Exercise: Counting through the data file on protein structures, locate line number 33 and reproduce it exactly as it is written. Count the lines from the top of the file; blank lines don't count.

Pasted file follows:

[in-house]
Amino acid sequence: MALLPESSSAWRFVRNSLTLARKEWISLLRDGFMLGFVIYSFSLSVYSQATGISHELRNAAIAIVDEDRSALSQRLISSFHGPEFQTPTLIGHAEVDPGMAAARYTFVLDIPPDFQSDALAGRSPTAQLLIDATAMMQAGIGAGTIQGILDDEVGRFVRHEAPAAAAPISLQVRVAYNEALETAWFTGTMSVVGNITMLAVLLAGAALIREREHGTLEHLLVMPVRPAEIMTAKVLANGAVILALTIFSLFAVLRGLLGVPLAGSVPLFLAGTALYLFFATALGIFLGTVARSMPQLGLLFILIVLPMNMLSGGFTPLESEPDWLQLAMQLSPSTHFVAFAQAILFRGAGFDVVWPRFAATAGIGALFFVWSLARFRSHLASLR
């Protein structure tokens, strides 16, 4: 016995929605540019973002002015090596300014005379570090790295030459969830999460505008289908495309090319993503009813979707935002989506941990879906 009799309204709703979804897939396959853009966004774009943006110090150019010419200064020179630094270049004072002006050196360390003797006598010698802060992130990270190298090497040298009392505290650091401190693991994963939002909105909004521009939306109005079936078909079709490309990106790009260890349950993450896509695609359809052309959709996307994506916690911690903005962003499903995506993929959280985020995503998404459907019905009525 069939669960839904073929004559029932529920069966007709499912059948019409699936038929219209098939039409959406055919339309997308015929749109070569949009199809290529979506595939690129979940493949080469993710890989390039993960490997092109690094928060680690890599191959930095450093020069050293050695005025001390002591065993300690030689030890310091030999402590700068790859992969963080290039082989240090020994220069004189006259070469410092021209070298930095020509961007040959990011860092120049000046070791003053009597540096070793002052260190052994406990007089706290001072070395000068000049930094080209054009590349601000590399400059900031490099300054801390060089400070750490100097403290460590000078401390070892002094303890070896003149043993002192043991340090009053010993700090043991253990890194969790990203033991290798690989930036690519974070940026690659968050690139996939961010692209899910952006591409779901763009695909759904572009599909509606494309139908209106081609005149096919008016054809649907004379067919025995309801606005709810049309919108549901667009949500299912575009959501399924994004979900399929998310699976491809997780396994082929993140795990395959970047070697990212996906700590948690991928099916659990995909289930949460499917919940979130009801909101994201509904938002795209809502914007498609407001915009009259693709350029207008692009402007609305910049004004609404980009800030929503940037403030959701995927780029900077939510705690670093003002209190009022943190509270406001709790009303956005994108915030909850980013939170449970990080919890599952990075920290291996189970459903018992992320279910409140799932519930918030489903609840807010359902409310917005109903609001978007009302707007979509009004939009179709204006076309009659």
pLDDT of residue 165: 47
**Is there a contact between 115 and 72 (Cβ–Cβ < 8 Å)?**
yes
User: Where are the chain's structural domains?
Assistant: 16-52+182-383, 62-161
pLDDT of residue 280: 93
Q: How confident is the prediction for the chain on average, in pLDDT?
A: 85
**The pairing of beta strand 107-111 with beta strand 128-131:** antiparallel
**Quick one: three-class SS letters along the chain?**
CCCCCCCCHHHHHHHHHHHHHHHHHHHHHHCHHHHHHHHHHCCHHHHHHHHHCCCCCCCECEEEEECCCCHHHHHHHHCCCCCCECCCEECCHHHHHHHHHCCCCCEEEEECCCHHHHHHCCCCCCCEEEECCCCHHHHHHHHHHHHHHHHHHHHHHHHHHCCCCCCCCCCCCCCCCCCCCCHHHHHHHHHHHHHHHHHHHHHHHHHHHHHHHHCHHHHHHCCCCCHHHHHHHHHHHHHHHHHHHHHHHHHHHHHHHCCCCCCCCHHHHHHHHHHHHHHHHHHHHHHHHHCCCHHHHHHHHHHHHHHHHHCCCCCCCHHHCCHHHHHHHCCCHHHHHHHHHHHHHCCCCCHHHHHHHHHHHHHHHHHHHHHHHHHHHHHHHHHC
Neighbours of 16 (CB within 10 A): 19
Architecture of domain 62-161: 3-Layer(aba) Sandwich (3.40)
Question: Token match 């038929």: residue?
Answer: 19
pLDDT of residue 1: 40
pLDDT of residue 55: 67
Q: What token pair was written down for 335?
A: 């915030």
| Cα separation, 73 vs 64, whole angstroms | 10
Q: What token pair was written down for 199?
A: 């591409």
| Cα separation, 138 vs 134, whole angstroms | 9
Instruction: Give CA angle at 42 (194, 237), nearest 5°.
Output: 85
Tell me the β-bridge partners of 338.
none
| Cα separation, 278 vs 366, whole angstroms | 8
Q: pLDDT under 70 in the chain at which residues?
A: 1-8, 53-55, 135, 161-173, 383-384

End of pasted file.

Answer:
A: 1-8, 53-55, 135, 161-173, 383-384